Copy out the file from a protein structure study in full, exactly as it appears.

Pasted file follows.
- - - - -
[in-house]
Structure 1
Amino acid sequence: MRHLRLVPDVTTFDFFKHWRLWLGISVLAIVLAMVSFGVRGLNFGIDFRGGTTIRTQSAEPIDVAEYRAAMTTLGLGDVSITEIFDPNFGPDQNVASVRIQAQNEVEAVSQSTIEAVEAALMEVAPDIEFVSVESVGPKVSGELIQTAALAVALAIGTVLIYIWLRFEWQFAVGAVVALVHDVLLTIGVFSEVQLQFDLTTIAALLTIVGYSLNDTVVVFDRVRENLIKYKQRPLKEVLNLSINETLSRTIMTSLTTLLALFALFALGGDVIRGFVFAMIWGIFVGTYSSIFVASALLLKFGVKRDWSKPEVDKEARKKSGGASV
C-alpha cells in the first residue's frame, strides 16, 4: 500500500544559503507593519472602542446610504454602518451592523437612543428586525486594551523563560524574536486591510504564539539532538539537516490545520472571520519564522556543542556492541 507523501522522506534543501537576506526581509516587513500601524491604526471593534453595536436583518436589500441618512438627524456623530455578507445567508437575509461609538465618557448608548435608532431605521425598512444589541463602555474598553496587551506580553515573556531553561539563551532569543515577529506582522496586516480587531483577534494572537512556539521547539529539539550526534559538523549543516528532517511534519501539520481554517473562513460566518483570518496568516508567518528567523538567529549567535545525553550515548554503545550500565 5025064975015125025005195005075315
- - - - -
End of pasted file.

[in-house]
Structure 1
Amino acid sequence: MRHLRLVPDVTTFDFFKHWRLWLGISVLAIVLAMVSFGVRGLNFGIDFRGGTTIRTQSAEPIDVAEYRAAMTTLGLGDVSITEIFDPNFGPDQNVASVRIQAQNEVEAVSQSTIEAVEAALMEVAPDIEFVSVESVGPKVSGELIQTAALAVALAIGTVLIYIWLRFEWQFAVGAVVALVHDVLLTIGVFSEVQLQFDLTTIAALLTIVGYSLNDTVVVFDRVRENLIKYKQRPLKEVLNLSINETLSRTIMTSLTTLLALFALFALGGDVIRGFVFAMIWGIFVGTYSSIFVASALLLKFGVKRDWSKPEVDKEARKKSGGASV
C-alpha cells in the first residue's frame, strides 16, 4: 500500500544559503507593519472602542446610504454602518451592523437612543428586525486594551523563560524574536486591510504564539539532538539537516490545520472571520519564522556543542556492541 507523501522522506534543501537576506526581509516587513500601524491604526471593534453595536436583518436589500441618512438627524456623530455578507445567508437575509461609538465618557448608548435608532431605521425598512444589541463602555474598553496587551506580553515573556531553561539563551532569543515577529506582522496586516480587531483577534494572537512556539521547539529539539550526534559538523549543516528532517511534519501539520481554517473562513460566518483570518496568516508567518528567523538567529549567535545525553550515548554503545550500565 5025064975015125025005195005075315